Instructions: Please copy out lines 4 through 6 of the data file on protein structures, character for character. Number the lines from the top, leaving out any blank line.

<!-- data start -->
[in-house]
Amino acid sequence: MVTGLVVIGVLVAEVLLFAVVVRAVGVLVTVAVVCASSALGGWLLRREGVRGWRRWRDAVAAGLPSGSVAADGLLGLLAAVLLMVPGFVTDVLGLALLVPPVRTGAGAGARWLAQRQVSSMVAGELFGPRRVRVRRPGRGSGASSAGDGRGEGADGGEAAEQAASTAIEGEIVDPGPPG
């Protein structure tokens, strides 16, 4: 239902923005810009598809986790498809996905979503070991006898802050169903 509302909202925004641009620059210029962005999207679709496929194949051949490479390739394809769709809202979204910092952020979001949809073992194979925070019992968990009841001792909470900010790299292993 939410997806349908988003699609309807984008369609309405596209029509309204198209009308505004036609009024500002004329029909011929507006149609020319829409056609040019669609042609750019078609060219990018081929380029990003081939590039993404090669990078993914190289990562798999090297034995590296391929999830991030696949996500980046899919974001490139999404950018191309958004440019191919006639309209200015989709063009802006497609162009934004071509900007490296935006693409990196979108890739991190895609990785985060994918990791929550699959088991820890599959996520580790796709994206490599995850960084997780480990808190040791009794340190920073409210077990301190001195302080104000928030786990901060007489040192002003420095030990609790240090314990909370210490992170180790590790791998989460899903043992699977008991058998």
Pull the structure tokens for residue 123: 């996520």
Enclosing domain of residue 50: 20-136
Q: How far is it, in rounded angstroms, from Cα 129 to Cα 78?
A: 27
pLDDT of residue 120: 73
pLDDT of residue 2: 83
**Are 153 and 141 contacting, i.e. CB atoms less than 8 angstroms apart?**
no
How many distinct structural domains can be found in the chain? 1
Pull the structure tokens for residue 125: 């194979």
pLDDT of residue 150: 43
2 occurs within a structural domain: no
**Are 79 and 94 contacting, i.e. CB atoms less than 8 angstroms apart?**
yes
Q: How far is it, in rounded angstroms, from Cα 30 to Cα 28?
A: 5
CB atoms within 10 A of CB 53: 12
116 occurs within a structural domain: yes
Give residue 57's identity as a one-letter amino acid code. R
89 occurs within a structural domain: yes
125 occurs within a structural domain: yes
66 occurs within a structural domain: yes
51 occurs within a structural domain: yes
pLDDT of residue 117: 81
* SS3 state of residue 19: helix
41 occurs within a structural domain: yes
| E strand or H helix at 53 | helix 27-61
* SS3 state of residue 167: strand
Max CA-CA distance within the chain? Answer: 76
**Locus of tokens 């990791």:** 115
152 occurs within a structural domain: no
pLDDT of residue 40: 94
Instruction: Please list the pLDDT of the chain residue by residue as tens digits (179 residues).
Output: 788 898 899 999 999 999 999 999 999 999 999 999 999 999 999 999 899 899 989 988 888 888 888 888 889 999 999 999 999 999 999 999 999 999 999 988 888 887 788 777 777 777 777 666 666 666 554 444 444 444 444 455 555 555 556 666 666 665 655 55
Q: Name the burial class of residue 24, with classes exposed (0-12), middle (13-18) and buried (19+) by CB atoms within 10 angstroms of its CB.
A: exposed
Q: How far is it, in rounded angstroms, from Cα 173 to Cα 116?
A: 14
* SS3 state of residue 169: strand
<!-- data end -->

Pull the structure tokens for residue 123: 């996520």
Enclosing domain of residue 50: 20-136
Q: How far is it, in rounded angstroms, from Cα 129 to Cα 78?